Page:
California Fire Whisperers
LOS ANGELES COUNTY FIRE DEPARTMENT firefighters and helicopter pilots were on “high-hazard fire staffing” in the early hours of November 24 as the Santa Ana winds picked up. Battalion Chief Tony Marrone of Air Operations was getting some shuteye in the three-bedroom dorm at Pacoima’s Barton Heliport when the alarm bell went off. It was 3:43 a.m. His pager followed.
It was his worst nightmare after the brutal season of charred homes in California: A five-acre brush fire had broken out near Corral Canyon Road in Malibu. Seventy-five firefighters from at least 15 county fire stations were en route to the blaze, which started off a dirt road near a cave — a late-night party hangout. Callers to 911 reporting the fire also said they heard speeding cars and horns blaring at 3:23 a.m.
“There are no power lines to start the fire,” says Marrone, an affable man in his mid-40s. “There is nothing to start a fire there.”
Within minutes, Marrone was riding shotgun in one of the county’s pricey Bell 412 helicopters toward the Santa Monica Mountains. Marrone — the helicopter coordinator for most of L.A. County’s largest fire disasters — instantly realized that they needed more air power, and quickly dispatched three Black Hawk helicopters, an action taken at night only if lives or property are in jeopardy. The fire, visible 20 miles away, was helped along by 30 mph winds. It had creeped to within a mile of the community of Malibu Bowl, and the neighborhood of El Nido was also in its path.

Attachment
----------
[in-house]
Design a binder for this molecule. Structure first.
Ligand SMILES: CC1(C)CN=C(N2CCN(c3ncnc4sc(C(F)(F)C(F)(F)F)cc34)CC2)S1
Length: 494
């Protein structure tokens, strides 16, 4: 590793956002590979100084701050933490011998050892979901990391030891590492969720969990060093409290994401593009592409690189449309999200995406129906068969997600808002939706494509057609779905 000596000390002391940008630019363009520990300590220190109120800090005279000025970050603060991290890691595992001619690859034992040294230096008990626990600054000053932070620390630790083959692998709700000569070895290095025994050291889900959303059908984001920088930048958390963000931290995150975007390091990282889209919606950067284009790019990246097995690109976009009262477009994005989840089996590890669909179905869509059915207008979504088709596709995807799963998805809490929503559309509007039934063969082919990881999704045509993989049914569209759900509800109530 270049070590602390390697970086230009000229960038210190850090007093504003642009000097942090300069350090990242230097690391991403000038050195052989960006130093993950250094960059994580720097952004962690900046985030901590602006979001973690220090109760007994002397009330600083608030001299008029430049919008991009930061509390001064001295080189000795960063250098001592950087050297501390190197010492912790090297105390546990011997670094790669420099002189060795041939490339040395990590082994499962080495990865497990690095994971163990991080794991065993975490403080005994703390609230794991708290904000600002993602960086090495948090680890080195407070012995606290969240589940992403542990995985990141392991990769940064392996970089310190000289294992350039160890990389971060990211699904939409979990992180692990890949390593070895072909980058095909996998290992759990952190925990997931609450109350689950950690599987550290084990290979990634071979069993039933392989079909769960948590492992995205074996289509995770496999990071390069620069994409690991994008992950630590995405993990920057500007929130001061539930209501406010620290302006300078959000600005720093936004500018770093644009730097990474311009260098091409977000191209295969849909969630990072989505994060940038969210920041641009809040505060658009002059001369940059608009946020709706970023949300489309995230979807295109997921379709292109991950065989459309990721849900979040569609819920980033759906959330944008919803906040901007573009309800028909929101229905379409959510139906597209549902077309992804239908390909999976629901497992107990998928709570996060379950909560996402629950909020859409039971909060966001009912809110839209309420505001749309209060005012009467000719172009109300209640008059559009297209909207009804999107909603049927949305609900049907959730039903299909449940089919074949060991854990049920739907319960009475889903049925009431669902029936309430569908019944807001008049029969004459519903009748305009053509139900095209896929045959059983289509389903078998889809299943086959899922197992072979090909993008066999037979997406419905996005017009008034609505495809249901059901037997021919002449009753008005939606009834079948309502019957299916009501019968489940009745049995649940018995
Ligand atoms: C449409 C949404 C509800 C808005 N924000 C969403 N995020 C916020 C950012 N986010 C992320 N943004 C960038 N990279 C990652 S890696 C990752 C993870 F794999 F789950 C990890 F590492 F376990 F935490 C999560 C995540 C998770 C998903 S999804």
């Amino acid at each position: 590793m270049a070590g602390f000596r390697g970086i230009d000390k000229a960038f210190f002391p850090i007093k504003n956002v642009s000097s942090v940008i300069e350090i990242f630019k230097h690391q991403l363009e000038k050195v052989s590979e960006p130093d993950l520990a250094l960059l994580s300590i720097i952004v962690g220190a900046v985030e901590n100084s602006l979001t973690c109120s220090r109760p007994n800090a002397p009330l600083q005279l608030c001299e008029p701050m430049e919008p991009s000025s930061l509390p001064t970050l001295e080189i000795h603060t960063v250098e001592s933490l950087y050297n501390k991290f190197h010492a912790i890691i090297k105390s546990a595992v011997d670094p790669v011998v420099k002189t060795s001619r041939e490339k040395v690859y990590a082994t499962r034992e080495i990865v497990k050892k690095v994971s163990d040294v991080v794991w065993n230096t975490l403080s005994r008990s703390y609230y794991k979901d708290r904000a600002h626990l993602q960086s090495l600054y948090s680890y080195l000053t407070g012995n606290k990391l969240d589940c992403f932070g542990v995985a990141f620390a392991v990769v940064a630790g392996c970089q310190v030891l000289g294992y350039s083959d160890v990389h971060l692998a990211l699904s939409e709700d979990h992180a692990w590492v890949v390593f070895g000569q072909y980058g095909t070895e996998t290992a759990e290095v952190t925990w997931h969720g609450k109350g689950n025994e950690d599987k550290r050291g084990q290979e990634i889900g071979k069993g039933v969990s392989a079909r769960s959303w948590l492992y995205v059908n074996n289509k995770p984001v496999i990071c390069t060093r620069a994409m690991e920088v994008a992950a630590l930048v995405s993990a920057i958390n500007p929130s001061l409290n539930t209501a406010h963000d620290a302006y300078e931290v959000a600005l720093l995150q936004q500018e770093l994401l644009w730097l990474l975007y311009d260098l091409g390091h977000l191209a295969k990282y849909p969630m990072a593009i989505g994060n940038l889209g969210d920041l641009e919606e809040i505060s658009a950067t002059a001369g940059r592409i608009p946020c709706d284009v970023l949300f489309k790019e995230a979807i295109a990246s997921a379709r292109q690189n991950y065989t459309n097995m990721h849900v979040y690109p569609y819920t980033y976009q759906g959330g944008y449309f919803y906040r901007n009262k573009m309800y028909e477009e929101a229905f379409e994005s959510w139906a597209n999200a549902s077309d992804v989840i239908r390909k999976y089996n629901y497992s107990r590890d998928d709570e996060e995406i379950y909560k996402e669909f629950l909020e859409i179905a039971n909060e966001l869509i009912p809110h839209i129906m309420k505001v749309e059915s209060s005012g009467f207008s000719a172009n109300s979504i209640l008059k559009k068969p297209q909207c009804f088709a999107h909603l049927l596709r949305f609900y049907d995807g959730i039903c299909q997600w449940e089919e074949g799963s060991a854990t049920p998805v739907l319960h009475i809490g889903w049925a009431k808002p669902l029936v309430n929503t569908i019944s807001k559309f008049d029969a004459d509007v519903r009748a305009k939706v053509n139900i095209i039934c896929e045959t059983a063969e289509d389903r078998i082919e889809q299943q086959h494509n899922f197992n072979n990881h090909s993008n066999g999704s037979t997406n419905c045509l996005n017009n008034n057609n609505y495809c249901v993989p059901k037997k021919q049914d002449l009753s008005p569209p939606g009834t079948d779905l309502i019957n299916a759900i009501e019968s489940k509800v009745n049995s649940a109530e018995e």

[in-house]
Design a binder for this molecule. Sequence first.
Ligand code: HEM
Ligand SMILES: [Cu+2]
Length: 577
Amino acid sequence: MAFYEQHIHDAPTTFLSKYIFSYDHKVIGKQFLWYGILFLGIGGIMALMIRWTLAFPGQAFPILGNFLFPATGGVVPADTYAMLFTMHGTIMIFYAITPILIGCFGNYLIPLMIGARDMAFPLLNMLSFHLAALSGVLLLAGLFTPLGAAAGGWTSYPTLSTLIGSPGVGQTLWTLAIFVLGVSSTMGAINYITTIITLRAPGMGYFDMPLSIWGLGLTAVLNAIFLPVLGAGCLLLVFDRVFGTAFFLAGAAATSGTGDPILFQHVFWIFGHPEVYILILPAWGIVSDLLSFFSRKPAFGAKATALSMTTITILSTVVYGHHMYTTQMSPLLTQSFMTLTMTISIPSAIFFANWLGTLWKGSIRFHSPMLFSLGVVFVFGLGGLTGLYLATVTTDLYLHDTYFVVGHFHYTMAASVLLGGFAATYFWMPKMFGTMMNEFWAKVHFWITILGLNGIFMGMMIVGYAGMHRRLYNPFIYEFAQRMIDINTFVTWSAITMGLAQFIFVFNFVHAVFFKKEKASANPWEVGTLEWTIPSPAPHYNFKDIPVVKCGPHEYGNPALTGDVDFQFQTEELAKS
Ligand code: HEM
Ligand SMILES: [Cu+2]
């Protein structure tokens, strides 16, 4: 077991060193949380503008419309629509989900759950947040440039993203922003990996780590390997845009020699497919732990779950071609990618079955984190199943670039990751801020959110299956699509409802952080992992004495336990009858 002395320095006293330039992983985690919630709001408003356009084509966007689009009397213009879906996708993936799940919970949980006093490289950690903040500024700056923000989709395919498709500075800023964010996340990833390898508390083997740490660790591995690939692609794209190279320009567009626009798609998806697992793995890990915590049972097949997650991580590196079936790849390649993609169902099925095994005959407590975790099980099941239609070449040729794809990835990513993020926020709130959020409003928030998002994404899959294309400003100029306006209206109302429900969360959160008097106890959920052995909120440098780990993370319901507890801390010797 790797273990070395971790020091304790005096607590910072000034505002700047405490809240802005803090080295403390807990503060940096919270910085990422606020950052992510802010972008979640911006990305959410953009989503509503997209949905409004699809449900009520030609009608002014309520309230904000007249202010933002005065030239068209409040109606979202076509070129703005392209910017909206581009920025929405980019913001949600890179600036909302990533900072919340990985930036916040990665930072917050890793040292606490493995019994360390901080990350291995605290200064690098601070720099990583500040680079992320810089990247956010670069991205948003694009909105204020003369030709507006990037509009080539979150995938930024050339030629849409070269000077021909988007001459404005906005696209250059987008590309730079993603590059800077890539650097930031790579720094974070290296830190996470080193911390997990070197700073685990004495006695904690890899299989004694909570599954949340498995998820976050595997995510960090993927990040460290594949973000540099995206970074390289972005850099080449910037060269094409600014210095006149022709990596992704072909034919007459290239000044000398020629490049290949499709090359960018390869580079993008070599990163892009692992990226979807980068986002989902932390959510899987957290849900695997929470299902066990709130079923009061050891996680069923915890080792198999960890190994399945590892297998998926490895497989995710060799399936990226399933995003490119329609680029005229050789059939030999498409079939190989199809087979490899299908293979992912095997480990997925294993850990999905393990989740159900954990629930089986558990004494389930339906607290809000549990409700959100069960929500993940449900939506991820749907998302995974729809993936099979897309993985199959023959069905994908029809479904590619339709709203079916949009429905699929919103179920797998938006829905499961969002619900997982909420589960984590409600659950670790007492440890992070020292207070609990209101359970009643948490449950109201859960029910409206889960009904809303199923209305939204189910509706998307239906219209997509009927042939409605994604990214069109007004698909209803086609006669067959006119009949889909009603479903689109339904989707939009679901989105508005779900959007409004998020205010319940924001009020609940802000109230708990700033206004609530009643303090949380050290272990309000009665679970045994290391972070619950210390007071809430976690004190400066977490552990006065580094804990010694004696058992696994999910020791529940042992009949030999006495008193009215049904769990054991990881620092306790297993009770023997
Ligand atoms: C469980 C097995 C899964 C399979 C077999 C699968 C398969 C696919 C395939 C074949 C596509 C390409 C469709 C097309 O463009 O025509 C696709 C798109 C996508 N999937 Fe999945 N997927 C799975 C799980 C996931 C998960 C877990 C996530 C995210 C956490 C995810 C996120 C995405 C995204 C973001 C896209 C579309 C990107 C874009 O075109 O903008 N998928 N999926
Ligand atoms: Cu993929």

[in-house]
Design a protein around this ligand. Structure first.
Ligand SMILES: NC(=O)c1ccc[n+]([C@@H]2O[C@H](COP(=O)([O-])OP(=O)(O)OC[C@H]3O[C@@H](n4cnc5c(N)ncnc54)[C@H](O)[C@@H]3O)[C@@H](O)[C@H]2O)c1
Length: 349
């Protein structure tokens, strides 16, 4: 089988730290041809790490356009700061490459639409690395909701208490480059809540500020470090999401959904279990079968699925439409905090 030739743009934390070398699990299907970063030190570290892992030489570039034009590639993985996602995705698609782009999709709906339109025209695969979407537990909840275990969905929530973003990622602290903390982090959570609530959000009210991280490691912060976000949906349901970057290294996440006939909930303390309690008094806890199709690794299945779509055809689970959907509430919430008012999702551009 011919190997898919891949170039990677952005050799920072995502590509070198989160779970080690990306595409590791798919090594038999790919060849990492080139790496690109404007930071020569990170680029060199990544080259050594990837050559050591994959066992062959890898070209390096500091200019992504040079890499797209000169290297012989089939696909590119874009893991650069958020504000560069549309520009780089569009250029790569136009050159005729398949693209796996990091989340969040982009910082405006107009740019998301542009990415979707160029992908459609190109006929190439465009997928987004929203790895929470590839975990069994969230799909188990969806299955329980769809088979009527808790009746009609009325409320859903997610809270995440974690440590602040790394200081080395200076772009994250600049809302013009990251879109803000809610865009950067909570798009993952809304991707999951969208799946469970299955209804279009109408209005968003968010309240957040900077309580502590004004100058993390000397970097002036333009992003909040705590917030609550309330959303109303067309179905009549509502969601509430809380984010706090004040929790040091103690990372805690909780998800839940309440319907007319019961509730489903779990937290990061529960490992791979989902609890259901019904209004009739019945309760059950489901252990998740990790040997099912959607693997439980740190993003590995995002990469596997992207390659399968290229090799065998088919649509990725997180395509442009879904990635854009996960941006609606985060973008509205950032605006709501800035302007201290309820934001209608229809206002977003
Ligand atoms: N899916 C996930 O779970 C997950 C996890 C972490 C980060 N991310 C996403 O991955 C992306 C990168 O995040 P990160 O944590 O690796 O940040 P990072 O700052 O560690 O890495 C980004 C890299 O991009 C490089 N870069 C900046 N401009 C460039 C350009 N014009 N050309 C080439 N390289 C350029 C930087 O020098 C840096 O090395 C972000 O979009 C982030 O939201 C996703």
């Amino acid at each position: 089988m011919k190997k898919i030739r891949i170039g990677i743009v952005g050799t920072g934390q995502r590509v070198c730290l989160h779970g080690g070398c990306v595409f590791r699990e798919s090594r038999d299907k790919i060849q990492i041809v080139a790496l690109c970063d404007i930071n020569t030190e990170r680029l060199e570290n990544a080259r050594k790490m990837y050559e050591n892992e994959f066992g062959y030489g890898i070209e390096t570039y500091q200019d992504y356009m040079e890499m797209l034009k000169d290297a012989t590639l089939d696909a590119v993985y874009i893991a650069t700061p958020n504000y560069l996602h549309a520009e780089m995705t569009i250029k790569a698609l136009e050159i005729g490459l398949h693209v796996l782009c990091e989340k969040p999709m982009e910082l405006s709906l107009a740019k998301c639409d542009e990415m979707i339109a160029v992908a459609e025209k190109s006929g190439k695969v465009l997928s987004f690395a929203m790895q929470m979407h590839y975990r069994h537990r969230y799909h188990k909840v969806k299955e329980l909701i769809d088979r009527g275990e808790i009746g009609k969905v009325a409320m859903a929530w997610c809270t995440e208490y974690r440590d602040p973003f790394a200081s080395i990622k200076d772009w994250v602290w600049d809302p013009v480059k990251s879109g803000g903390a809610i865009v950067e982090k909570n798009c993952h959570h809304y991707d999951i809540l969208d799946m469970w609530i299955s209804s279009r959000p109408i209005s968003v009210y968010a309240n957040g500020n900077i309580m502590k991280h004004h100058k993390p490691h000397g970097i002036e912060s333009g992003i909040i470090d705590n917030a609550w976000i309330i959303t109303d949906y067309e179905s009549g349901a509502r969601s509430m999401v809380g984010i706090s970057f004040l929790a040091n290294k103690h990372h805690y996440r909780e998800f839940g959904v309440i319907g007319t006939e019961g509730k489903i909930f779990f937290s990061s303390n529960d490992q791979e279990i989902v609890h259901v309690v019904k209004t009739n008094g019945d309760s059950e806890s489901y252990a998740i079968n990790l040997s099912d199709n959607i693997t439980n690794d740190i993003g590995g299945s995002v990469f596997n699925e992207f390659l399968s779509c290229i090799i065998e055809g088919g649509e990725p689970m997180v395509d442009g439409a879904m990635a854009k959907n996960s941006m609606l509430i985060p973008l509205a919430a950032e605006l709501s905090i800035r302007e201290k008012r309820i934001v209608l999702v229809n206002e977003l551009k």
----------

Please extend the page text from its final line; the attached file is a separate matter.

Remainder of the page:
By the time they controlled the fire two days later, close to 2,000 firefighters, 14 water-dropping helicopters, 13 air tankers and two Super Scoopers had battled the Corral Fire, but not before it burned 4,901 acres, destroyed 53 homes, injured eight firefighters and forced the evacuation of thousands.
“We were getting jostled around,” says Marrone, raising his voice over a loud background noise (it turns out he’s so dedicated to his job, he’ll answer media questions while chowing down on macaroni or trying to take a shower). “It was a bumpy ride.”
He’s an old hand, a guy who understands the personalities of fires, judging wind speed, fire progression, topography, brush thickness — and deciding when to send in an air assault. It’s not an exact science, more of an art. He’ll even resort to the Thomas Brothers Guide if it can be of help. He wears a flashlight around his neck so he can read maps at night — as if he’s trying to figure out what the fire is thinking.
Call him a fire whisperer. In May 2007, Marrone predicted within half an hour the time at which the roaring 40-foot-tall wall of fire on Catalina Island, fueled by winds and brush, would reach Avalon and its 3,200 residents. Hundreds of residents and tourists were loaded onto ferries and whisked to San Pedro, while hundreds of firefighters aided by four helicopters dropped water.
But even as Malibu burned in late November, and Marrone sweated out the hours “eating Motrin,” several miles away another fire whisperer — grounded city of Los Angeles Fire Department pilot Steve Robinson — was getting calls from L.A. County’s fire chiefs asking for an entirely different kind of fire-mapping help. Pronto.